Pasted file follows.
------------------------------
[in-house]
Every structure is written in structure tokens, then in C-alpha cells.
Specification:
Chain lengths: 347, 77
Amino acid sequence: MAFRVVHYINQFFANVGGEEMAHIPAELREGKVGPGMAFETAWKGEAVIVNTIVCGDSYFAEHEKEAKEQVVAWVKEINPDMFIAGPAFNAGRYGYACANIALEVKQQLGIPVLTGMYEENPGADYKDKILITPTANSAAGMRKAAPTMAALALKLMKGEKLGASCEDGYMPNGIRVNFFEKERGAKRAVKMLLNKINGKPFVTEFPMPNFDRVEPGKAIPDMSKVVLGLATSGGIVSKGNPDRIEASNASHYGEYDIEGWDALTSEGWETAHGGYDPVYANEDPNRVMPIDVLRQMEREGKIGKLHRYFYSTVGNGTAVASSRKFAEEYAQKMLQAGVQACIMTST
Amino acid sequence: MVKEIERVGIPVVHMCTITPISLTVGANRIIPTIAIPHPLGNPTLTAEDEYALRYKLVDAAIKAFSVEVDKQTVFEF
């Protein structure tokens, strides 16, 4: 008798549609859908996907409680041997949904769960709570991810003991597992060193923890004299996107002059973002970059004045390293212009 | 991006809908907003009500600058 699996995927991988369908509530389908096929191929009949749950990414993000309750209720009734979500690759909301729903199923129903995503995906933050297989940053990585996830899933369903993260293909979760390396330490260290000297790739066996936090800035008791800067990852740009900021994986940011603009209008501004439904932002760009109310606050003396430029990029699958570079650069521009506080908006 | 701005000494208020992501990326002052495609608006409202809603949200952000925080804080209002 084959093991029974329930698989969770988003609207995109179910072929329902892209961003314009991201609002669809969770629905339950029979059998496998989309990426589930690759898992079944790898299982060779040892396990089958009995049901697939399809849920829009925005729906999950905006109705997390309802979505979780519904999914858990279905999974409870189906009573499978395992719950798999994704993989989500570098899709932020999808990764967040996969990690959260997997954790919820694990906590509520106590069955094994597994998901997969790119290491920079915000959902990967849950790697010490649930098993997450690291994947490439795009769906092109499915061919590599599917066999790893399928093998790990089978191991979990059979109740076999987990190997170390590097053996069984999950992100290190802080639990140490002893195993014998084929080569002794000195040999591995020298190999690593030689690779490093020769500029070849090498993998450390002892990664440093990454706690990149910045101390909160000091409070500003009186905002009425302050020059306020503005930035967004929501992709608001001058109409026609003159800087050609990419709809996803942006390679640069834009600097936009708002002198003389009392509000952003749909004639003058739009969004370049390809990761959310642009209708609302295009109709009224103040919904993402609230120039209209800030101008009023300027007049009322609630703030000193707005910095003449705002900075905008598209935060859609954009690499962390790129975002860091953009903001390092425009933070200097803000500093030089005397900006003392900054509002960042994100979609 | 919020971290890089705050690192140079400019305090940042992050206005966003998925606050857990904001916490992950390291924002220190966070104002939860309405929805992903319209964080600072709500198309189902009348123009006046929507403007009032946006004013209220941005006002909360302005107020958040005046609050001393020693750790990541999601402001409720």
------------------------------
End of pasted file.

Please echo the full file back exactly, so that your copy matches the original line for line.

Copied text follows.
[in-house]
Every structure is written in structure tokens, then in C-alpha cells.
Specification:
Chain lengths: 347, 77
Amino acid sequence: MAFRVVHYINQFFANVGGEEMAHIPAELREGKVGPGMAFETAWKGEAVIVNTIVCGDSYFAEHEKEAKEQVVAWVKEINPDMFIAGPAFNAGRYGYACANIALEVKQQLGIPVLTGMYEENPGADYKDKILITPTANSAAGMRKAAPTMAALALKLMKGEKLGASCEDGYMPNGIRVNFFEKERGAKRAVKMLLNKINGKPFVTEFPMPNFDRVEPGKAIPDMSKVVLGLATSGGIVSKGNPDRIEASNASHYGEYDIEGWDALTSEGWETAHGGYDPVYANEDPNRVMPIDVLRQMEREGKIGKLHRYFYSTVGNGTAVASSRKFAEEYAQKMLQAGVQACIMTST
Amino acid sequence: MVKEIERVGIPVVHMCTITPISLTVGANRIIPTIAIPHPLGNPTLTAEDEYALRYKLVDAAIKAFSVEVDKQTVFEF
């Protein structure tokens, strides 16, 4: 008798549609859908996907409680041997949904769960709570991810003991597992060193923890004299996107002059973002970059004045390293212009 | 991006809908907003009500600058 699996995927991988369908509530389908096929191929009949749950990414993000309750209720009734979500690759909301729903199923129903995503995906933050297989940053990585996830899933369903993260293909979760390396330490260290000297790739066996936090800035008791800067990852740009900021994986940011603009209008501004439904932002760009109310606050003396430029990029699958570079650069521009506080908006 | 701005000494208020992501990326002052495609608006409202809603949200952000925080804080209002 084959093991029974329930698989969770988003609207995109179910072929329902892209961003314009991201609002669809969770629905339950029979059998496998989309990426589930690759898992079944790898299982060779040892396990089958009995049901697939399809849920829009925005729906999950905006109705997390309802979505979780519904999914858990279905999974409870189906009573499978395992719950798999994704993989989500570098899709932020999808990764967040996969990690959260997997954790919820694990906590509520106590069955094994597994998901997969790119290491920079915000959902990967849950790697010490649930098993997450690291994947490439795009769906092109499915061919590599599917066999790893399928093998790990089978191991979990059979109740076999987990190997170390590097053996069984999950992100290190802080639990140490002893195993014998084929080569002794000195040999591995020298190999690593030689690779490093020769500029070849090498993998450390002892990664440093990454706690990149910045101390909160000091409070500003009186905002009425302050020059306020503005930035967004929501992709608001001058109409026609003159800087050609990419709809996803942006390679640069834009600097936009708002002198003389009392509000952003749909004639003058739009969004370049390809990761959310642009209708609302295009109709009224103040919904993402609230120039209209800030101008009023300027007049009322609630703030000193707005910095003449705002900075905008598209935060859609954009690499962390790129975002860091953009903001390092425009933070200097803000500093030089005397900006003392900054509002960042994100979609 | 919020971290890089705050690192140079400019305090940042992050206005966003998925606050857990904001916490992950390291924002220190966070104002939860309405929805992903319209964080600072709500198309189902009348123009006046929507403007009032946006004013209220941005006002909360302005107020958040005046609050001393020693750790990541999601402001409720």